As much as we’d love for them to last, marriages sometimes come with an expiration date. After that comes a court date. And then, after a few months (or years), comes a date of an entirely different sort: the first post-divorce date. Seattle writer Theo Pauline Nestor had been married for nearly 12 years when she suddenly found herself entering unfamiliar single territory. Not surprisingly, she responded by putting pen to paper, creating her compelling memoir, How to Sleep Alone in a King-Size Bed. We talked to Theo about how she made the journey from devoted wife to dazed divorcee to happy, independent singleton. Here’s what she had to say.
Q: What hit you the hardest after you and your husband split up?
A: The silence. When I was married, I would call my husband after I left somewhere and say "We just finished lunch and we’re headed to the zoo" or whatever. In the first weeks after our split, I’d take out my cell phone and then realize that no one was waiting to find out what I was doing. I felt like I was rattling around in the world without a tether.
Q: Did you eventually come to appreciate your single status?
A: I had glimmers of "Wow, I can do whatever I want now," but the reality of having two young children usually tempered that pretty quickly. I don’t want to scare anyone who has just started going through this, but it probably took me about two years before I felt a steady optimism about the future. It might take less time or more for others, depending on the length and intensity of the marriage and other factors in your life.
Q: When did you start dating again?
A: I ended up dating my college-era sweetheart seven months after my husband and I split up, but it wasn’t really dating per se, because we knew each other and had already been romantically involved. Real dating — the little I did of it — came three years after my divorce, when my boyfriend and I split up.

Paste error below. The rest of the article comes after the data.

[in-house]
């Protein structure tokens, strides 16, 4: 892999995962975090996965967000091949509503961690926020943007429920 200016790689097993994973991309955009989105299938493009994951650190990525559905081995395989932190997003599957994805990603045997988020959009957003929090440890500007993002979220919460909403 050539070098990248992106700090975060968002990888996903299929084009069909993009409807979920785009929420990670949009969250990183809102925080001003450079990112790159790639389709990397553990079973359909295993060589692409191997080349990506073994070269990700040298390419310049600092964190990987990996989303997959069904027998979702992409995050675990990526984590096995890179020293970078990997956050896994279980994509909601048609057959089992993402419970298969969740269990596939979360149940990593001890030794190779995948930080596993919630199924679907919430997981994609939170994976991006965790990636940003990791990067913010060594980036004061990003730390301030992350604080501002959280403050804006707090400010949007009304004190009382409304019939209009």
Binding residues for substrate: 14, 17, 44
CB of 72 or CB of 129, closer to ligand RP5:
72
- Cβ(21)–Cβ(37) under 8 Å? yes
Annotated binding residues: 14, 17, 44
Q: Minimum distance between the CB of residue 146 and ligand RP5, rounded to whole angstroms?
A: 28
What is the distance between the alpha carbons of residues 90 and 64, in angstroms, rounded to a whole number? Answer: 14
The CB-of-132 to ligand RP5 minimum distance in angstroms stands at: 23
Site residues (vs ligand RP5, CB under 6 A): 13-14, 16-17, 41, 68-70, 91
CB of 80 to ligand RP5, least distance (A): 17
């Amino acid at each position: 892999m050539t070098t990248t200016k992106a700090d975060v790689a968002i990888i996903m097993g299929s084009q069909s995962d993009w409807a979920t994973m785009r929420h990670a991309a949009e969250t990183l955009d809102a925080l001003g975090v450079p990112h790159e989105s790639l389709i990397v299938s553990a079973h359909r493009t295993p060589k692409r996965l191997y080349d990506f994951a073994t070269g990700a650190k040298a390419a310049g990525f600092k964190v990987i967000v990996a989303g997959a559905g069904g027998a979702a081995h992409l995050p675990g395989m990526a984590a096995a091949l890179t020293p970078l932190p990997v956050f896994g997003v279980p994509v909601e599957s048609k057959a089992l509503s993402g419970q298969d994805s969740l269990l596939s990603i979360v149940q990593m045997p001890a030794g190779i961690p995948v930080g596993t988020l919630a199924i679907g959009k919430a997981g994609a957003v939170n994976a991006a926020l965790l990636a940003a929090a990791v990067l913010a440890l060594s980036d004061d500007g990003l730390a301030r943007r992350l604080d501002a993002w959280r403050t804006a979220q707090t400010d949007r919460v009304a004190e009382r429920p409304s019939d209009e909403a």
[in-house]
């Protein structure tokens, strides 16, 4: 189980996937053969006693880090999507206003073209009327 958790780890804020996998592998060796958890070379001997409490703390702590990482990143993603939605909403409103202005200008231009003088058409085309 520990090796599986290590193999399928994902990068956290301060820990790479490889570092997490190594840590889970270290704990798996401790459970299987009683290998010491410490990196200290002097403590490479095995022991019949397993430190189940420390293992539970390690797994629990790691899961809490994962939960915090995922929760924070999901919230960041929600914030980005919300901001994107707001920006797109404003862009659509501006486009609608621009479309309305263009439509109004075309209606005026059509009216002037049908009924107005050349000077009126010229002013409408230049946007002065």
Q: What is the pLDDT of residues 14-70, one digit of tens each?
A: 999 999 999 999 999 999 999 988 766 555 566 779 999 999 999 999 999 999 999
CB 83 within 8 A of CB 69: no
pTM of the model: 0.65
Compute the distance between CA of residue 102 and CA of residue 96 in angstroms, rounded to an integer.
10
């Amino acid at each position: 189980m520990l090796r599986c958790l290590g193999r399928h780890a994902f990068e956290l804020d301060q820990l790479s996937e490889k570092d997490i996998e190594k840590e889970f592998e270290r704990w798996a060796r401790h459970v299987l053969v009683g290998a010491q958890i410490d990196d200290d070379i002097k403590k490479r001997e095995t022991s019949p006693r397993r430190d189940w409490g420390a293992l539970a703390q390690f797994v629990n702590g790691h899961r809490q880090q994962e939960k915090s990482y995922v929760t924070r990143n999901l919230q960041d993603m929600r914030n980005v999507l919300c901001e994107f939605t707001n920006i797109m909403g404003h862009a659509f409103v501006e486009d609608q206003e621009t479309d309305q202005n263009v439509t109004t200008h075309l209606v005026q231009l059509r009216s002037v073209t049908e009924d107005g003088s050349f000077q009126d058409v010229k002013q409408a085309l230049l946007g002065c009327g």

Q: What was the best and worst advice you got from your friends and family?
A: My life coach probably helped me avert a disaster during the initial days of the divorce by telling me not to make any big changes for six months and to take time to grieve. My sister also convinced me to go on a vacation with her and she’s not a person one says no to. (She’s a psychologist and a trained hostage negotiator.) We went to Mexico, ate a lot of guacamole, drank tequila and talked for hours. And I came home hopeful. As for bad advice, I have to say I’m not a big fan of being told to remember "This, too, shall pass." Yes, of course it will pass, but that’s not a huge solace when you’ll be dealing with your ex until you’re old enough to withdraw from your 401(k) without penalty.
Q: Some people take classes after a breakup; others climb into a bottle. What helped you get through the first six months?
A: Friends, exercise, therapy, work and reading. I also found that when I was writing about the divorce, I felt like I had more control over it, and I don’t think that’s just because I’m a writer. I think pouring thoughts out on paper during the divorce process is a very helpful way to deal with the fear. Even if you’re not normally a journal keeper, this might be a good time to use one.
Q: What advice would you give someone who’s fresh out of a long-term relationship?
A: Treat yourself like you would treat a child who just went through something horrible. Don’t beat yourself up for what you should have done differently. Put yourself to bed early if you’re tired. Call friends if you’re lonely. Buy yourself new music once in a while, even if you’re broke. To be single successfully, you really need to be actively on your own side, to be constantly on the lookout for your own best interests.
Q: So where are you now in terms of life, love and being a mom?
A: I really love where I am now, even if it isn’t always easy. I’m dating a great guy I met online —as a stay-at-home writer and a mom, I knew I’d never meet anyone unless I extended myself. I’m having fun with my two daughters, and I’m working on a new book about a single mom who refuses to settle for less than everything she wants. (OK, it’s about me!)